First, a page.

Mike Childs


My painting has grown from a long period of activity in and out the studio developing work through drawing and photographing cities where I have lived: Toronto and New York. Over the years this practice has developed into the use of a mainly “abstract” language in my painting. It includes visual signs and symbols that allude to a particular set of architectural patterns, symbols, and structural logic.  Just as important as these is the use of color that I think of as representing an urban mode of life with places and people.

In my work there has always been a referencing to a kind of structural organization and a fascination with the half built - often found at construction or demolition sites. In other words, I like to look at the painting as an idea which is either on its way to being finalized or on its way to being halfway destroyed. In the new works patterning is often now coupled with an organic countering to the notion of the “built”. Large monochromatic, non-linear spaces which I'm introducing seem to overtake isolated islands of the more rational line-based sections.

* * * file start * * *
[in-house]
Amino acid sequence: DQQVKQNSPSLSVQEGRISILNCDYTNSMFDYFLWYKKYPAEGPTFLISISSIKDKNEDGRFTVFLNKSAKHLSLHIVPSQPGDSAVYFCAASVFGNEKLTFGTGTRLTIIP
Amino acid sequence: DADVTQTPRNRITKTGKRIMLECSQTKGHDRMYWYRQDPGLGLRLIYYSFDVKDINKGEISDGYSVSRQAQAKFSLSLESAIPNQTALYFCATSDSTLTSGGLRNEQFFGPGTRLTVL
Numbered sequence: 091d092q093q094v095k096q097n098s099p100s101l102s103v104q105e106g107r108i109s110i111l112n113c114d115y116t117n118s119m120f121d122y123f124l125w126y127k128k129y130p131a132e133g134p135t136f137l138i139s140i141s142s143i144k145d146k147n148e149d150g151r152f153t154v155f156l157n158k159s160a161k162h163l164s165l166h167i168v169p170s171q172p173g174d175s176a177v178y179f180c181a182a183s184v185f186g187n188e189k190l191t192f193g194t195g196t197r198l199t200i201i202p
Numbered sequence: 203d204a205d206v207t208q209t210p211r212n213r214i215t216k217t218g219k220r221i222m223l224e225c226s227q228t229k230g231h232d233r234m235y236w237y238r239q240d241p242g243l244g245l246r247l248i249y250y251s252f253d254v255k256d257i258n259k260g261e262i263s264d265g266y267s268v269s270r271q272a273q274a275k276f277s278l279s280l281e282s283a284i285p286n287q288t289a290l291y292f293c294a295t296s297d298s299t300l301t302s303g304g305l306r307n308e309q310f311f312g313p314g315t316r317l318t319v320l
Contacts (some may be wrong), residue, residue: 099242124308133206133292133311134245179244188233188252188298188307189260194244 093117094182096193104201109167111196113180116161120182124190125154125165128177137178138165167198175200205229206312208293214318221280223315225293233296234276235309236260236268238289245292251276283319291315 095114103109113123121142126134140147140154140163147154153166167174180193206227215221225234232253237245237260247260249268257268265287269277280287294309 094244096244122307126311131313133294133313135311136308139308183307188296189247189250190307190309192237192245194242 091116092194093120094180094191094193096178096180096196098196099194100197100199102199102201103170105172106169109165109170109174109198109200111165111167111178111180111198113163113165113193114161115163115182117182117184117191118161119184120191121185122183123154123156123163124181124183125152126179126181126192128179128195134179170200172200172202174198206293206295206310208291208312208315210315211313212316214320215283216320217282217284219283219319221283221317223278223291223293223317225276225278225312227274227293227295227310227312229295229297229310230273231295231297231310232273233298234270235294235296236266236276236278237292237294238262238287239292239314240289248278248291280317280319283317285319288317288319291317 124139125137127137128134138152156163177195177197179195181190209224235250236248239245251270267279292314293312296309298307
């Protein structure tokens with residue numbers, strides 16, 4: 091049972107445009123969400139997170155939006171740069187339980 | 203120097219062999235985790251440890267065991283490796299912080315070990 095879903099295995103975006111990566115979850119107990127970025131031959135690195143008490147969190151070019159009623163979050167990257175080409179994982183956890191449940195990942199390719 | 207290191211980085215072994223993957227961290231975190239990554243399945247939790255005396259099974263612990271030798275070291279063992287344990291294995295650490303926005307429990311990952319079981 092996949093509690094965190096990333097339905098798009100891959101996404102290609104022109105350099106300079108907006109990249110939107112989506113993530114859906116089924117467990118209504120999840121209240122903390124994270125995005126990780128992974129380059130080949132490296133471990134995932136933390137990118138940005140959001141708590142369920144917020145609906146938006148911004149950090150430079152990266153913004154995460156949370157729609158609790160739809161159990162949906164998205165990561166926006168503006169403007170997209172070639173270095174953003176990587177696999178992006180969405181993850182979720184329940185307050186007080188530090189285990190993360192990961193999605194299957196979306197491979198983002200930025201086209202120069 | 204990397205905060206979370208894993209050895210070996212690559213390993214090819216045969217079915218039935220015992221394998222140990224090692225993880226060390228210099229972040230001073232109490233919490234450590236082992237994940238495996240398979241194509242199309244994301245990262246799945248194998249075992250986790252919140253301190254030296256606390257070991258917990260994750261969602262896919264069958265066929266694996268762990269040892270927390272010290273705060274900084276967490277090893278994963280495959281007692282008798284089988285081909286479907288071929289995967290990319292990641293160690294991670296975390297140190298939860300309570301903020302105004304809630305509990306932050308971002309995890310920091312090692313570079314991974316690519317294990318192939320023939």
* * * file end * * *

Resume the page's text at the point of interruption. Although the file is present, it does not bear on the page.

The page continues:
I look at abstraction as a problem to be both embraced and upturned in pursuit of a kind of reckoning with the idea of the contemporary painted image. This viewpoint creates tension between the abstract signs and what I’m introducing into the painting as pictorial events. These pictorial “happenings” on a purely emotional level dislocate the strictly “non representational” reading and point towards, if not a more objectively seen “reality”, then at least fragments of color and light that are used to suggest a moment of pictorial representation set within the image.
It is with this marriage of opposites inside the paintings that I have begun to consider the works as part of a larger world of images. This is a world in which the painted image must somehow exist to be probed and prodded by both the viewer and maker alike for possible emotions and meanings. The human position as it relates to this mediated, constantly developing urban environment is of main concern within my life and work. An examination of our culturally dictated perspective through image-making at the very least carves out a space or perhaps oasis to sit quietly within.